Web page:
Foodtech is rivalling fintech as Europe’s buzziest investment sector of 2021.
Super speedy food delivery startups like Dija, Cajoo, Weezy, Getir and Gorillas are launching across the continent; ordering platforms like Flipdish and Slerp are gearing up to help boost the hospitality sector’s online offering; while big food delivery operators like Wolt and Deliveroo are raising enormous rounds to stay ahead of these upstarts.
Meanwhile, Dutch supermarket app Crisp is adding to the excitement, having just raised €30m from Target Global and Keen Venture Partners to continue tearing up the supermarket playbook.
The 500-person-strong company, founded in 2018, also now claims to be the fastest-growing supermarket in the Netherlands with 300k app downloads, saw sales increase more than seven-fold in 2020 and says it’s profitable per customer order.
Crisp offers next-day delivery of fresh food staples like bread, cheese, eggs, fruit and veg, sourced from around 650 suppliers in the Netherlands, at prices comparable to those of the major supermarkets (so long as you’re not buying from the basics range).
And it’s not, says cofounder and CEO Tom Peeters, feeling threatened by all the more speedy 15-minute grocery delivery startups which have sprung up of late.
Crisp’s customers are primarily young families buying their weekly grocery shop. On average, they spend €95 and purchase 45 items. That’s simply not the target customer for 15-minute small basket grocery players, says Peeters.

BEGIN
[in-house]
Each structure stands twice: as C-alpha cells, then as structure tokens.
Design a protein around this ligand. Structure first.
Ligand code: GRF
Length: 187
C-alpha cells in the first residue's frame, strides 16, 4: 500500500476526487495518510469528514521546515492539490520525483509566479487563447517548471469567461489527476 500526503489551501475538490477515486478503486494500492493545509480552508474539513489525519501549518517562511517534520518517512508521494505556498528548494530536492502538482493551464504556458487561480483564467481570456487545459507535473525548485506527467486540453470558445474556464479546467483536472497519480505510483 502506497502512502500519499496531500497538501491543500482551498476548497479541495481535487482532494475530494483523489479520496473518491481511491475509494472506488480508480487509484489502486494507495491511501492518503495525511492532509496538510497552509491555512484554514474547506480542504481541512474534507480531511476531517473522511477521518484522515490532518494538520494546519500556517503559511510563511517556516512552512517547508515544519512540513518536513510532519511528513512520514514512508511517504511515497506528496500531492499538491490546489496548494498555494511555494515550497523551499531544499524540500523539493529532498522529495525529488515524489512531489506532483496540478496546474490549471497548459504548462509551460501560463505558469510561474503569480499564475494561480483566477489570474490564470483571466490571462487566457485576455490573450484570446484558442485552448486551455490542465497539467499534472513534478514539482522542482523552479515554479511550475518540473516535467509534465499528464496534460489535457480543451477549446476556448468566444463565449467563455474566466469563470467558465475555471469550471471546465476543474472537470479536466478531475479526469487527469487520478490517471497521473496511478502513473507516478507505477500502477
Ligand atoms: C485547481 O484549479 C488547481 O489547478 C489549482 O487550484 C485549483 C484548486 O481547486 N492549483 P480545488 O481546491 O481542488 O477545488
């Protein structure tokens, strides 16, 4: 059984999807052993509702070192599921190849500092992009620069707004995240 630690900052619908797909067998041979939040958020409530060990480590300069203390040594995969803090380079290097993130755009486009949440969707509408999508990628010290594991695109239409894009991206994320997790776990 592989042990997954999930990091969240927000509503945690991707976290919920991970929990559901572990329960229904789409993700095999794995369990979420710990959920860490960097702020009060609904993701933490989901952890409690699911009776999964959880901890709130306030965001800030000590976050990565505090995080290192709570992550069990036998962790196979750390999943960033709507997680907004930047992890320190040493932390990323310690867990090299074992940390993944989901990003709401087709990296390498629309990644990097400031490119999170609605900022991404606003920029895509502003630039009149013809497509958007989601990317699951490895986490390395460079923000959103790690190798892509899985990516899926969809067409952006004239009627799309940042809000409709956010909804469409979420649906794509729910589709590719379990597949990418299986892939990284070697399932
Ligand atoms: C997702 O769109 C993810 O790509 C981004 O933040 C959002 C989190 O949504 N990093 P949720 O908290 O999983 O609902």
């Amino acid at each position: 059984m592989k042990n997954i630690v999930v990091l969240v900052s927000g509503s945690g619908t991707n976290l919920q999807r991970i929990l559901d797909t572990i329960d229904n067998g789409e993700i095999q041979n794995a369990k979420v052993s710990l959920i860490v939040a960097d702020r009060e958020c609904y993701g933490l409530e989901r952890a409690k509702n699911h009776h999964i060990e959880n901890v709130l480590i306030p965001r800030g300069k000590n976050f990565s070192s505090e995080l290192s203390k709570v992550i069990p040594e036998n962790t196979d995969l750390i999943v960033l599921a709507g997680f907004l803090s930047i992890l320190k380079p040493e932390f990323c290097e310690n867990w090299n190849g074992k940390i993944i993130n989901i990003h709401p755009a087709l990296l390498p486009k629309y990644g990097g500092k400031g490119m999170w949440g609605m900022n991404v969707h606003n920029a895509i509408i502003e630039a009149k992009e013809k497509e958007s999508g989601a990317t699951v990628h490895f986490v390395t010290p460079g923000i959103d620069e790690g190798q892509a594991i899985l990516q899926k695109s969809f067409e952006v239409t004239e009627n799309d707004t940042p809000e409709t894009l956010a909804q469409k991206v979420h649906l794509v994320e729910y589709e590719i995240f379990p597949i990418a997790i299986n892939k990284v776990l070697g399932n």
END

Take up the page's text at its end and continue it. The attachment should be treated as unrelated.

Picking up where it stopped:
“This type of customer lives throughout the country, not just in the big city,” he says. “I have a young family myself, and we don’t decide what we’ll eat 15 minutes before dinner. This customer segment is much more organised, they plan a week ahead and what they order doesn’t fit onto a bike or into a backpack.”
85% of sales come from repeat customers.
Crisp’s customers are also pretty loyal — 85% of sales come from repeat customers — and they’re big referrers.
Crisp has a feature where customers can select a product they’ve previously bought themselves, and then share that “with the touch of a button” via WhatsApp with their friends. “It’s our largest customer acquisition channel,” says Peeters.
If a customer invites three friends to try the app, they’re rewarded with a cheese platter. (And, this being the Netherlands, Crisp has over 70 varieties of cheese to offer.)
Expanding the range
Still, Crisp doesn’t offer quite such a vast range of all products — and plans to expand its assortment on the back of its latest funding round.
Currently, Crisp lists around 2k items — about the same size range as your average convenience store (and as the speedy delivery players) — but unlike those businesses (and traditional supermarkets) it focuses primarily on fresh food.
2k products is a good start, but not the end point; I expect the assortment will double over time, at least.
“2k products is a good start, but not the end point; I expect the assortment will double over time, at least,” says Peeters. Expect more sweets, snacks, soft drinks, freshly prepared meals and “international kitchen” items soon.